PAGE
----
MIDWAY ATOLL — Workers for the company maintaining Midway’s airstrip are expected to be withdrawn from the island Jan. 3 because of a lack of funding.
The airstrip — originally called Midway Naval Station — is not expected to be funded for operations until at least Jan. 20 when Congress considers the U.S. Department of Transportation funding bill, the Honolulu Advertiser newspaper reported Tuesday.
The airport now is managed by the U.S. Fish and Wildlife Service, which also operates Midway Atoll National Wildlife Refuge.
Fish and Wildlife has a contract with Alaskan firm Chugach McKinley to maintain and operate the airstrip, the newspaper reported. The service issued the company a stop-work order; a charter flight is expected to remove workers Jan. 3.
Closing the airport could cause problems for trans-Pacific travelers, because Midway is the designated landing strip for those flights, the newspaper reported. The Federal Aviation Administration requires an emergency airstrip for over-ocean flights arriving or departing the United States.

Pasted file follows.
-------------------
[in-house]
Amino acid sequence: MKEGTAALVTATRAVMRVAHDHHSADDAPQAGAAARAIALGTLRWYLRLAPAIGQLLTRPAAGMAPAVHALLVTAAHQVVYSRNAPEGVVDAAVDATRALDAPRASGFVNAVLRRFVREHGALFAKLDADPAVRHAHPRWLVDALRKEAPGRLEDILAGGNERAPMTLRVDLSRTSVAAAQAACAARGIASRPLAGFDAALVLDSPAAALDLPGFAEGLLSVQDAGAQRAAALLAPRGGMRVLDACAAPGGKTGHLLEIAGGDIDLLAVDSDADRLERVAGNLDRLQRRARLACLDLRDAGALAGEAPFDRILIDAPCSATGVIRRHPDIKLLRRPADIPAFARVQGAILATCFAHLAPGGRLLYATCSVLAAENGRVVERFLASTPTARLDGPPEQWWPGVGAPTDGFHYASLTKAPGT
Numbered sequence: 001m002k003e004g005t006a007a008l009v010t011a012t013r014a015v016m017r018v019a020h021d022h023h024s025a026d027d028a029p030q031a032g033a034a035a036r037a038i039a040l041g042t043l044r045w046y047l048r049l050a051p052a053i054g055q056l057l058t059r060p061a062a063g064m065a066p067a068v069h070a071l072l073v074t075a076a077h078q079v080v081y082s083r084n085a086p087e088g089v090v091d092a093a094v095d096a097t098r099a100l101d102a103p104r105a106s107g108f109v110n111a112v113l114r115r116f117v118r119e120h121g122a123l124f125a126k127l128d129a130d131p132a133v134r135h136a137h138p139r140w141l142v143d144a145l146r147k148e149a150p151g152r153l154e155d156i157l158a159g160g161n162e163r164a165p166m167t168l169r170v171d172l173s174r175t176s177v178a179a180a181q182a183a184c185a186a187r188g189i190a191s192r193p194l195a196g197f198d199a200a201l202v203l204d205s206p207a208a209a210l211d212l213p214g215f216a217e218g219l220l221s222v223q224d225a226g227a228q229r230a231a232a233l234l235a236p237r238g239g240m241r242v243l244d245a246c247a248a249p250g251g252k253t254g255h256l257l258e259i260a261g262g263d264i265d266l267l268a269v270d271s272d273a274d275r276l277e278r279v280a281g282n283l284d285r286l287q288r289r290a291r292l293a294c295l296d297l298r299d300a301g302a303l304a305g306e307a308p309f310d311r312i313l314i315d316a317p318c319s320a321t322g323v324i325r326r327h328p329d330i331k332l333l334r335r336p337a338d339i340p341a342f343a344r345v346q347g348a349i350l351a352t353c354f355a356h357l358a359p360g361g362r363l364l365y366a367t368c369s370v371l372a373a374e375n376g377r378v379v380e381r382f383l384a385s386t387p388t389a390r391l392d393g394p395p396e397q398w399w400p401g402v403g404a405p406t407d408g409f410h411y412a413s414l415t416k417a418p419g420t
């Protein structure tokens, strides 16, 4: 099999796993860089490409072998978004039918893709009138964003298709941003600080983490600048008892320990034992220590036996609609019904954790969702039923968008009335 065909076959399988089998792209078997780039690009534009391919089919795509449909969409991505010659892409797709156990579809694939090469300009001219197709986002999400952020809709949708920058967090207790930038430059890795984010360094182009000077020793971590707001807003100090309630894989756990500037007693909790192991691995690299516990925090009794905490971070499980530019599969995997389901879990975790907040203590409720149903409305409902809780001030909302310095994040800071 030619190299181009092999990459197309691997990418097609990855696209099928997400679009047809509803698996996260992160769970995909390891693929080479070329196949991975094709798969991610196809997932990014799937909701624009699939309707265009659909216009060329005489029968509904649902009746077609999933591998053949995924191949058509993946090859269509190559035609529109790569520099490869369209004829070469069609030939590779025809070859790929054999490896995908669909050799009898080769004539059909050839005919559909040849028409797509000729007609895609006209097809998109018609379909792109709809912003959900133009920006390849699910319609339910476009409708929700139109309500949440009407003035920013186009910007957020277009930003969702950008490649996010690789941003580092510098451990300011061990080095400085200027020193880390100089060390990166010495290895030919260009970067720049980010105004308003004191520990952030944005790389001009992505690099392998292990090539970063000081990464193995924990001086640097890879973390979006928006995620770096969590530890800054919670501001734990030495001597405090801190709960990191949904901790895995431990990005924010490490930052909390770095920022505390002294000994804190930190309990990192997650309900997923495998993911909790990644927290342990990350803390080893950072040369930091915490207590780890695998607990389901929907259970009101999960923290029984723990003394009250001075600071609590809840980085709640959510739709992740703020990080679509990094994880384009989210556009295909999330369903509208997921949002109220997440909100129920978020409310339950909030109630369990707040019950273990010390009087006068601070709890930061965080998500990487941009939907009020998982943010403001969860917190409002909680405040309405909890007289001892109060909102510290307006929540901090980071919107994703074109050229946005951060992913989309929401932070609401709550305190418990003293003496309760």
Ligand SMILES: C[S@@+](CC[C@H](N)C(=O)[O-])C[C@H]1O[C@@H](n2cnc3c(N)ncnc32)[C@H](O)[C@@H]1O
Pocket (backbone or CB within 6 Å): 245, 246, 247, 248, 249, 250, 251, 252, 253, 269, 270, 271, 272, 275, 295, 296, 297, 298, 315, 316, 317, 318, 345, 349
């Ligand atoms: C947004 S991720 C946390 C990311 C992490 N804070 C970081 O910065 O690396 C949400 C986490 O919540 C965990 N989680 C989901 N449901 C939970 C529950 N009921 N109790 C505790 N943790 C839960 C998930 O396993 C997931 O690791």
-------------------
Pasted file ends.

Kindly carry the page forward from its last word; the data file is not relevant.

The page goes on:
Midway Naval Station, created in 1940 when tensions between Japan and America were high, helped the United States turn the tide of World War II in the Pacific during the “Battle of Midway” from June 4 to June 7, 1942, according to a Navy Web site.
Japanese forces planned to invade Midway on June 4, 1942, but American military intelligence broke Japanese radio codes and deciphered the plan, the Web site says.
The Navy ordered more forces — including the carriers Enterprise and Yorktown — into the area, setting an ambush resulting in the destruction of four Japanese carriers and more than 300 aircraft, the Web site says. The United States lost one carrier and one destroyer.